Almost every addict will have at least one moment where they ask themselves if its worth it to keep fighting. Maybe it’s after a really bad bender. You’re exhausted, depressed, and don’t see a way out.
It certainly happened to me. I had just messed up a project at work and been confronted by my boss and was tweaking out on the car ride home. I was completely burnt out, hadn’t slept in days, and desperately wanted to take more drugs.
I got home and got into a fight with my wife. I don’t remember what it was about, but I’m sure I wasn’t making much sense. At the end of it, she threatened to leave and stormed out. There was nothing else for me to do but to get high, I remember thinking.
It felt like the floor was falling out from under me. I had no stability, nothing to stop what felt like a freefall. I thought I was going to lose my job and my marriage at the same time. That’s when the thoughts of suicide began to creep in. I felt that my life had no more purpose besides drugs. And I didn’t see how this would ever change.
The thoughts wouldn’t stop, no matter what I tried. I drank, took more drugs, and the thoughts continued to spiral out of control. I pictured myself doing it, something I had never done before.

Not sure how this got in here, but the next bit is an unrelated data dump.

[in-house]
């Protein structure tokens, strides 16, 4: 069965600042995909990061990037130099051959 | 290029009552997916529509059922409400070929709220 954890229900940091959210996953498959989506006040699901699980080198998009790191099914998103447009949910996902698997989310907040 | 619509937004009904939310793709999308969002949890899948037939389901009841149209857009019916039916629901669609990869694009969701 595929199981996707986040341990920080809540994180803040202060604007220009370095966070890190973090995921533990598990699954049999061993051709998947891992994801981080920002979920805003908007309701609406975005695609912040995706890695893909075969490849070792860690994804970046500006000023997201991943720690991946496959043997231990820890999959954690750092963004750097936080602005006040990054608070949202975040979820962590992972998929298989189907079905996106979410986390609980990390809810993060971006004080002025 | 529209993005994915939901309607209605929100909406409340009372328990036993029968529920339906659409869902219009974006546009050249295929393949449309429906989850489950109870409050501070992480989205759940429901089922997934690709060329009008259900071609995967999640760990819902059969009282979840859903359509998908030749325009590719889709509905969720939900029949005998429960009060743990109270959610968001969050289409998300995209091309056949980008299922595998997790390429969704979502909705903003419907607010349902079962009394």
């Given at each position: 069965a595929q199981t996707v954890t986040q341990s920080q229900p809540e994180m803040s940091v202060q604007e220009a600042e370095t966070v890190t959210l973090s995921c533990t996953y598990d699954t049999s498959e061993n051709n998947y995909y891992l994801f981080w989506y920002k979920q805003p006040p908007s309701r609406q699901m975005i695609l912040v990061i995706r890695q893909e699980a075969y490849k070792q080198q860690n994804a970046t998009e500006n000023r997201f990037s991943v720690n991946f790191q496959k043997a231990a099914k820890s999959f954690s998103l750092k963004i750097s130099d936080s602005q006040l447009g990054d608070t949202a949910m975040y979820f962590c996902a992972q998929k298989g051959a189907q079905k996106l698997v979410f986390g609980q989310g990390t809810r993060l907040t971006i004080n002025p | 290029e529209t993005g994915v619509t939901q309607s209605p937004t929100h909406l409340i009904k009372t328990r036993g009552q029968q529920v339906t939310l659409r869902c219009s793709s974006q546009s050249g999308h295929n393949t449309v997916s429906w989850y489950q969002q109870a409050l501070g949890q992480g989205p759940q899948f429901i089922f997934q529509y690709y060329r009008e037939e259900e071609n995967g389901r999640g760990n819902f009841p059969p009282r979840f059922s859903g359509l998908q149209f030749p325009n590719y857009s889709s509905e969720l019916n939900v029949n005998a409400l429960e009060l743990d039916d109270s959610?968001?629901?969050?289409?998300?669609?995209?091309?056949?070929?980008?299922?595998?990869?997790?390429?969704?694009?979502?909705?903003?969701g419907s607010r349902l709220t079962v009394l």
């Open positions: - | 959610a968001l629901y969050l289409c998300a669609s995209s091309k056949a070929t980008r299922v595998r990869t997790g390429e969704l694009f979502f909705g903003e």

But then I got a message from a friend. It wasn’t much and had nothing to do with my addiction or suicidal feelings, but it calmed me down enough that I was able to fall asleep.
A New Day
And then the next day the suicidal feeling was gone. Or at least it wasn’t as intense. The only thing I had done was to sleep and sober up a little. I was able to see that I had reasons to live, people that loved me, goals I still wanted to achieve. I felt like I had a future.
What You Can Do
I can’t give a solution that works for everyone, but here are some things you might try:
- Try to get to bed. The feeling may not go away, but a new day can help you get your feet back under you
- Reach out to a friend or loved one. It can be hard to want to talk to anyone, but sometimes just the sound of someone else’s voice can make a big difference
- Tell yourself that the thoughts are temporary. Instead of trying to force them away, it can sometimes be more useful to accept that they are there, but they will go away with time
I wish I could say this advice will work for all of you, or that it would do more, even when it does work. But I can tell you that I was able to find meaning again, even after the darkest moment of my life. I made it through, and I am glad every day that I did.